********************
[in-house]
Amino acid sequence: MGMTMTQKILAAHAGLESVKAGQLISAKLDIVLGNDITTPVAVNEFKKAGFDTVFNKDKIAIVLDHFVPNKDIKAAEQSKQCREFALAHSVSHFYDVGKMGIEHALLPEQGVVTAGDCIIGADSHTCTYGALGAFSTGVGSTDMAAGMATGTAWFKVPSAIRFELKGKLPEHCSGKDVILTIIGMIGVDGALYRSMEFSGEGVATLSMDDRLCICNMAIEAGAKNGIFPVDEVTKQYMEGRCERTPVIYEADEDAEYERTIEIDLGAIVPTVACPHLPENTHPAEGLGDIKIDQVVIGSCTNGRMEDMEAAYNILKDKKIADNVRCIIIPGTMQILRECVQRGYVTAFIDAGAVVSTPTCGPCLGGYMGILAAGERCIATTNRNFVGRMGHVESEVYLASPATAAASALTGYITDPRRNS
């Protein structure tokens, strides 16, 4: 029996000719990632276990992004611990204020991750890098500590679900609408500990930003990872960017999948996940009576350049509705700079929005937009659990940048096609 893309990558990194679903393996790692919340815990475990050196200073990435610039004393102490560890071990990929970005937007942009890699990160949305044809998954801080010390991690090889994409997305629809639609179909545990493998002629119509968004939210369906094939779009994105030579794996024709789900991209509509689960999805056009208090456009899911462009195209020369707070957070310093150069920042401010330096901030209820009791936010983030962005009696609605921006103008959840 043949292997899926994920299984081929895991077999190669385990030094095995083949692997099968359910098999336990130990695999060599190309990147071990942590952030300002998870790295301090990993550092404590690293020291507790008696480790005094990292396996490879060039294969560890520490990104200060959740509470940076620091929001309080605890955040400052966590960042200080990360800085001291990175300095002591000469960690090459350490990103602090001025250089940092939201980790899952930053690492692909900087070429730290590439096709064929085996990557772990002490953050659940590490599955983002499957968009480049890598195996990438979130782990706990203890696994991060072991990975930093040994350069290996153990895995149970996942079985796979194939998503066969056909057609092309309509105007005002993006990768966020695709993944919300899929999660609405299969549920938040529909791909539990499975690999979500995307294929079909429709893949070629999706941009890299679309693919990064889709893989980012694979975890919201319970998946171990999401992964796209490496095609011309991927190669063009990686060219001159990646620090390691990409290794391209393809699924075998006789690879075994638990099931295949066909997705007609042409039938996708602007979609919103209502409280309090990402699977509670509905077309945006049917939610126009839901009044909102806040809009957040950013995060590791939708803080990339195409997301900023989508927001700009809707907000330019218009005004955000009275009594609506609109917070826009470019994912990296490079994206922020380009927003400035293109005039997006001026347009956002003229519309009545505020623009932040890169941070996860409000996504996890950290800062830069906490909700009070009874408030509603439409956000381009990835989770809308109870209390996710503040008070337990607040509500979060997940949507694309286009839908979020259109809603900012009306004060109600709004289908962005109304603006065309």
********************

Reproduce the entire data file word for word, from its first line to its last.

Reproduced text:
[in-house]
Amino acid sequence: MGMTMTQKILAAHAGLESVKAGQLISAKLDIVLGNDITTPVAVNEFKKAGFDTVFNKDKIAIVLDHFVPNKDIKAAEQSKQCREFALAHSVSHFYDVGKMGIEHALLPEQGVVTAGDCIIGADSHTCTYGALGAFSTGVGSTDMAAGMATGTAWFKVPSAIRFELKGKLPEHCSGKDVILTIIGMIGVDGALYRSMEFSGEGVATLSMDDRLCICNMAIEAGAKNGIFPVDEVTKQYMEGRCERTPVIYEADEDAEYERTIEIDLGAIVPTVACPHLPENTHPAEGLGDIKIDQVVIGSCTNGRMEDMEAAYNILKDKKIADNVRCIIIPGTMQILRECVQRGYVTAFIDAGAVVSTPTCGPCLGGYMGILAAGERCIATTNRNFVGRMGHVESEVYLASPATAAASALTGYITDPRRNS
């Protein structure tokens, strides 16, 4: 029996000719990632276990992004611990204020991750890098500590679900609408500990930003990872960017999948996940009576350049509705700079929005937009659990940048096609 893309990558990194679903393996790692919340815990475990050196200073990435610039004393102490560890071990990929970005937007942009890699990160949305044809998954801080010390991690090889994409997305629809639609179909545990493998002629119509968004939210369906094939779009994105030579794996024709789900991209509509689960999805056009208090456009899911462009195209020369707070957070310093150069920042401010330096901030209820009791936010983030962005009696609605921006103008959840 043949292997899926994920299984081929895991077999190669385990030094095995083949692997099968359910098999336990130990695999060599190309990147071990942590952030300002998870790295301090990993550092404590690293020291507790008696480790005094990292396996490879060039294969560890520490990104200060959740509470940076620091929001309080605890955040400052966590960042200080990360800085001291990175300095002591000469960690090459350490990103602090001025250089940092939201980790899952930053690492692909900087070429730290590439096709064929085996990557772990002490953050659940590490599955983002499957968009480049890598195996990438979130782990706990203890696994991060072991990975930093040994350069290996153990895995149970996942079985796979194939998503066969056909057609092309309509105007005002993006990768966020695709993944919300899929999660609405299969549920938040529909791909539990499975690999979500995307294929079909429709893949070629999706941009890299679309693919990064889709893989980012694979975890919201319970998946171990999401992964796209490496095609011309991927190669063009990686060219001159990646620090390691990409290794391209393809699924075998006789690879075994638990099931295949066909997705007609042409039938996708602007979609919103209502409280309090990402699977509670509905077309945006049917939610126009839901009044909102806040809009957040950013995060590791939708803080990339195409997301900023989508927001700009809707907000330019218009005004955000009275009594609506609109917070826009470019994912990296490079994206922020380009927003400035293109005039997006001026347009956002003229519309009545505020623009932040890169941070996860409000996504996890950290800062830069906490909700009070009874408030509603439409956000381009990835989770809308109870209390996710503040008070337990607040509500979060997940949507694309286009839908979020259109809603900012009306004060109600709004289908962005109304603006065309």